The Falcons, dare we say, have gotten smart

No coach is handed a perfect team, though some teams are more imperfect than others. There are two ways to handle this. One is to shrug and say, “I need better players.” This generally leads to unemployment. The other is to do the best you can with what you have.

Arthur Smith inherited a team that had gone 18-30 over three seasons despite having spent big on high-profile talent. The almost-universal belief was that the Falcons would need to get worse – assuming that was possible – before getting better. Two months after Smith took the job, Julio Jones was traded to Tennessee. Todd Gurley wasn’t offered a new contract. Ricardo Allen was cut. Alex Mack and Keanu Neal left as free agents.

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In his first season as a head coach, Smith had a 36-year-old quarterback and not much else. Desperation being the mother of position changes, he turned Cordarrelle Patterson, a 30-year-old wide receiver, into a feature back. When Calvin Ridley, a second-team All-Pro in 2020, stepped aside after five games to tend to his mental health, Matt Ryan was left with wideouts Russell Gage, a Round 6 draftee, and Olamide Zaccheaus, who wasn’t drafted.

The 2021 Falcons ranked 29th in total offense, 26th in total defense. They were outscored by 146 points. They should have gone 4-13. They went 7-10. They weren’t eliminated from playoff contention until the season’s penultimate weekend.

All their victories came in one-score games. If we’ve learned anything about the NFL, it’s that teams that win a lot of coin-flip games in one year tend to lose a bunch the next. When the hurried and failed pursuit of Deshaun Watson led to Ryan seeking and finding a trade, the Falcons were viewed as the league’s worst team. “You rated us 45th,” Smith told reporters earlier this fall, which wasn’t true. We did, however, pencil them in for 32nd.

But here they sit, 4-4 with the hardest part of their schedule behind them. They’re leading the NFC South, which says much about the NFC South, but still: Tom Brady’s Tampa Bay isn’t on top. The Buccaneers have been outscored by five points, same as the Falcons. The team with the GOAT has scored 146 points; the team with Marcus Mariota has scored 200.

ESPN’s football power index estimates that these Falcons will finish a rounded-up 9-8; it assigns them a 53.4% chance of making the playoffs. Sunday’s date with the Chargers is one of two remaining games against teams currently above .500. Oh, and the Falcons are 3-3 in one-score games, which is more than acceptable. It’s also an indication that Smith, if any doubt remained, is a keeper.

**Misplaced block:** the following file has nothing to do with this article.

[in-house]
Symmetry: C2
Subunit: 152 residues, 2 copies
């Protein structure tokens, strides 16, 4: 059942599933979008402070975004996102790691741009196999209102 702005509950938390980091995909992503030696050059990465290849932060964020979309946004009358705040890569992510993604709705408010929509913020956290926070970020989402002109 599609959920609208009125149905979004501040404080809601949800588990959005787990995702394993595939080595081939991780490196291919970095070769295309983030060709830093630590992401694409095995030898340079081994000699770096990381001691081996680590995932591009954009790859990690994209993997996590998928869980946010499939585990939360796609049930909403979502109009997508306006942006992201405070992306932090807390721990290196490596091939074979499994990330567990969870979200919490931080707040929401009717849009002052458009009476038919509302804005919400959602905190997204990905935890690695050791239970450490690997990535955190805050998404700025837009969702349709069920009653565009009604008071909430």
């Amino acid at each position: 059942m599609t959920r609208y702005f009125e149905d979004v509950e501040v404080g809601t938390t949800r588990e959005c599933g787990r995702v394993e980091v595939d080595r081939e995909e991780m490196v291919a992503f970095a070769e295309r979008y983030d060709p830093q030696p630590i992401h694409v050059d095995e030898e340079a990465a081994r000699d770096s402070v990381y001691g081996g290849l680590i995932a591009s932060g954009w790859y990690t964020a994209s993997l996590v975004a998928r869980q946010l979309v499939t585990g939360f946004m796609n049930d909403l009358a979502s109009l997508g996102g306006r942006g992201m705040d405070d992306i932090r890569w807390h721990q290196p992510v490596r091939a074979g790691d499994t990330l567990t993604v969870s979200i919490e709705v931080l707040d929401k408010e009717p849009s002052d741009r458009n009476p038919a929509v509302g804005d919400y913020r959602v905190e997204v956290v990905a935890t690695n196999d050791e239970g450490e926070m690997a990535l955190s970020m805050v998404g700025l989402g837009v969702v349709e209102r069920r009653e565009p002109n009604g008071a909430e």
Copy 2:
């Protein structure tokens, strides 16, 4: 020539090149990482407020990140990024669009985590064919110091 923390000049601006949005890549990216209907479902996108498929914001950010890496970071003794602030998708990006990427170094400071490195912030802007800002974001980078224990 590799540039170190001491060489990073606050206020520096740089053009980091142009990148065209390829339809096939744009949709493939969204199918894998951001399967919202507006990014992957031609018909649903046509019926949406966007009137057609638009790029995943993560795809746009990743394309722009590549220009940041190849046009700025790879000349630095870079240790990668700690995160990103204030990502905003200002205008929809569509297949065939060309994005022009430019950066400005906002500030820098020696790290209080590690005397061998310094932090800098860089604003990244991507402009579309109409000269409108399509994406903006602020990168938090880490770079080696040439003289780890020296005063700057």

The Falcons rank fifth in rushing yards, 29th in passing yards. Conventional wisdom holds that nobody wins by running anymore. But the Titans, with Smith calling plays, went 11-5 in 2020, when they ranked second in rushing and 23rd in passing. Smith doesn’t have the irresistible Derrick Henry here, but he acts as if he does. Having Mariota gives the Falcons an extra running back. Mariota the runner makes Mariota a more effective passer.

The Falcons have this wrinkle. A receiver goes in motion toward the sideline – sometimes the receiver is Kyle Pitts, the gifted tight end – and, after the snap, essentially stands there. He’s not blocking. Nobody’s blocking for him. This isn’t a screen. The unencumbered receiver is Mariota’s bailout. He isn’t great at throwing long, but he’s OK throwing short. If he opts to run instead, that’s fine, too.

Mariota is on track to rush for 600 yards, almost double his career best. Running the ball controls the clock, which limits the opponent’s possessions, which is big. The Falcons’ defense just yielded 478 yards to Carolina and PJ Walker. This team won’t win any shootouts, as evidenced by the Cincinnati blowout. The idea is to have Mariota do what he does well and keep games from becoming blowouts. No, he’s not Joe Burrow. C’est la vie.

With Patterson injured, Tyler Allgeier – a Round 5 pick from BYU – has gained 324 yards. If you can run, you should be able to pass a little, play-action still being the sport’s greatest weapon. Journeyman Damiere Byrd caught five touchdown passes in his first six NFL seasons; working with Mariota, he has caught two in two weeks. The Falcons aren’t a talented team, but they’ve found enough workarounds to resemble one.

I realize I might be in the minority, but here goes: Watching the Falcons fascinates me. Trying to guess what Smith will do next is great fun. I’m not very smart, but I enjoy watching smart people work.